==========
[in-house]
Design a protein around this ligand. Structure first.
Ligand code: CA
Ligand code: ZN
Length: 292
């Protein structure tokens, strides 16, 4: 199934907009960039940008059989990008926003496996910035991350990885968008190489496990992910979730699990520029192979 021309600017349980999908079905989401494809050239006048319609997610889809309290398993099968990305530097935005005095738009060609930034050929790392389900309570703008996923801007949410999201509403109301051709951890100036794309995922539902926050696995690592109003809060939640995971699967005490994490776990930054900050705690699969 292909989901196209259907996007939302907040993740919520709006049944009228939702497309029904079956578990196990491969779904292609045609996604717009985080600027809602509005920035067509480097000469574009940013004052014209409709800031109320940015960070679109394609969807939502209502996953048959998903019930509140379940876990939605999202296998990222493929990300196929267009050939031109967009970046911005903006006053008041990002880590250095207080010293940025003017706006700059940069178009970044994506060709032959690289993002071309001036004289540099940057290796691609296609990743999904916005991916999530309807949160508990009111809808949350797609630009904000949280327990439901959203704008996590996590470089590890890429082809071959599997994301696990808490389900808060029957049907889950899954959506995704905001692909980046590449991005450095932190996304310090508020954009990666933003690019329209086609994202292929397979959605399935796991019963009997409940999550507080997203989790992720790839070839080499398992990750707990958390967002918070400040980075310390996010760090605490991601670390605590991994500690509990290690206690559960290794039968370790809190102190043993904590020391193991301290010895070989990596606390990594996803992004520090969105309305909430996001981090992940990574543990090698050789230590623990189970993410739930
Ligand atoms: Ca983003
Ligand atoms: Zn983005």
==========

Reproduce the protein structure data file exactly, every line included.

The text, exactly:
[in-house]
Design a protein around this ligand. Structure first.
Ligand code: CA
Ligand code: ZN
Length: 292
């Protein structure tokens, strides 16, 4: 199934907009960039940008059989990008926003496996910035991350990885968008190489496990992910979730699990520029192979 021309600017349980999908079905989401494809050239006048319609997610889809309290398993099968990305530097935005005095738009060609930034050929790392389900309570703008996923801007949410999201509403109301051709951890100036794309995922539902926050696995690592109003809060939640995971699967005490994490776990930054900050705690699969 292909989901196209259907996007939302907040993740919520709006049944009228939702497309029904079956578990196990491969779904292609045609996604717009985080600027809602509005920035067509480097000469574009940013004052014209409709800031109320940015960070679109394609969807939502209502996953048959998903019930509140379940876990939605999202296998990222493929990300196929267009050939031109967009970046911005903006006053008041990002880590250095207080010293940025003017706006700059940069178009970044994506060709032959690289993002071309001036004289540099940057290796691609296609990743999904916005991916999530309807949160508990009111809808949350797609630009904000949280327990439901959203704008996590996590470089590890890429082809071959599997994301696990808490389900808060029957049907889950899954959506995704905001692909980046590449991005450095932190996304310090508020954009990666933003690019329209086609994202292929397979959605399935796991019963009997409940999550507080997203989790992720790839070839080499398992990750707990958390967002918070400040980075310390996010760090605490991601670390605590991994500690509990290690206690559960290794039968370790809190102190043993904590020391193991301290010895070989990596606390990594996803992004520090969105309305909430996001981090992940990574543990090698050789230590623990189970993410739930
Ligand atoms: Ca983003
Ligand atoms: Zn983005």